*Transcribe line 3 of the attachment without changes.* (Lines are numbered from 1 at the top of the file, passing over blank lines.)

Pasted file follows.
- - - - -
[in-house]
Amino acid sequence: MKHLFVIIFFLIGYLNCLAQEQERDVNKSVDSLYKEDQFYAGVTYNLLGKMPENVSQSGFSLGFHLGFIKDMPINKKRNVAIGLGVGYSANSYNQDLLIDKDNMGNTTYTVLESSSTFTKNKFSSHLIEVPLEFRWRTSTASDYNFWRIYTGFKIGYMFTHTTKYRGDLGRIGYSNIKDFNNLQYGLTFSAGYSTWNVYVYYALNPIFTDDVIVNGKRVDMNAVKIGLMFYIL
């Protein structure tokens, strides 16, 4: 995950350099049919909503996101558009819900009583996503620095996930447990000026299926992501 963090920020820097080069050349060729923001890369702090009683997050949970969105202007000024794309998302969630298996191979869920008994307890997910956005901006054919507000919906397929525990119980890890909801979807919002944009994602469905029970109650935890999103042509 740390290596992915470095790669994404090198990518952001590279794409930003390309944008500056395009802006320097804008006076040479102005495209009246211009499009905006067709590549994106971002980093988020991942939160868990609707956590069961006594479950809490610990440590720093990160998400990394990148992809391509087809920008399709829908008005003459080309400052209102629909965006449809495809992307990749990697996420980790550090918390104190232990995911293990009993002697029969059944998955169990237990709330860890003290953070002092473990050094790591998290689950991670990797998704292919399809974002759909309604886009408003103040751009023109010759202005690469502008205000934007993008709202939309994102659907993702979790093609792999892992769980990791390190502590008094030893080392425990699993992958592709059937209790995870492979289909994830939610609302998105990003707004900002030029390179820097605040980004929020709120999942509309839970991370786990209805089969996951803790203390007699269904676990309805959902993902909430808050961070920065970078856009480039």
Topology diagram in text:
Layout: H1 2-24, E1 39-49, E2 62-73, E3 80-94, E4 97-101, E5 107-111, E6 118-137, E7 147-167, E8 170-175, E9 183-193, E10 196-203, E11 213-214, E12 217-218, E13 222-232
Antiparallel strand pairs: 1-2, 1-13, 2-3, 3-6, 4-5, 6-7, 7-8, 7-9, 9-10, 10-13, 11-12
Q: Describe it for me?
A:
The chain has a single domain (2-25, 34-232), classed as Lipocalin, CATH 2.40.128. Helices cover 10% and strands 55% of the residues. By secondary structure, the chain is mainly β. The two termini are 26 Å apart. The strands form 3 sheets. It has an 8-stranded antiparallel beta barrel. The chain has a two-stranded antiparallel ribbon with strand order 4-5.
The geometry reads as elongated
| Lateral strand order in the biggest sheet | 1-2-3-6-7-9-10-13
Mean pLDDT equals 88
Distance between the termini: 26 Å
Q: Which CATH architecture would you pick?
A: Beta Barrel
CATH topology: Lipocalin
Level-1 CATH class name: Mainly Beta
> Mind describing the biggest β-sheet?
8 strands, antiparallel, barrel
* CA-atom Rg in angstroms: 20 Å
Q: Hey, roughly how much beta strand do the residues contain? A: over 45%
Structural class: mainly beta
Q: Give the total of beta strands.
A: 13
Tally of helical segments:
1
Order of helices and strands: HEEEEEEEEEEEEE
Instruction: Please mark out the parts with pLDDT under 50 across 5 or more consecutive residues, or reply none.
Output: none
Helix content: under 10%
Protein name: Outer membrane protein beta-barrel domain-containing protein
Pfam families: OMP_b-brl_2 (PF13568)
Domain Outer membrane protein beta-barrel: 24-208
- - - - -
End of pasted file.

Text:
């Protein structure tokens, strides 16, 4: 995950350099049919909503996101558009819900009583996503620095996930447990000026299926992501 963090920020820097080069050349060729923001890369702090009683997050949970969105202007000024794309998302969630298996191979869920008994307890997910956005901006054919507000919906397929525990119980890890909801979807919002944009994602469905029970109650935890999103042509 740390290596992915470095790669994404090198990518952001590279794409930003390309944008500056395009802006320097804008006076040479102005495209009246211009499009905006067709590549994106971002980093988020991942939160868990609707956590069961006594479950809490610990440590720093990160998400990394990148992809391509087809920008399709829908008005003459080309400052209102629909965006449809495809992307990749990697996420980790550090918390104190232990995911293990009993002697029969059944998955169990237990709330860890003290953070002092473990050094790591998290689950991670990797998704292919399809974002759909309604886009408003103040751009023109010759202005690469502008205000934007993008709202939309994102659907993702979790093609792999892992769980990791390190502590008094030893080392425990699993992958592709059937209790995870492979289909994830939610609302998105990003707004900002030029390179820097605040980004929020709120999942509309839970991370786990209805089969996951803790203390007699269904676990309805959902993902909430808050961070920065970078856009480039």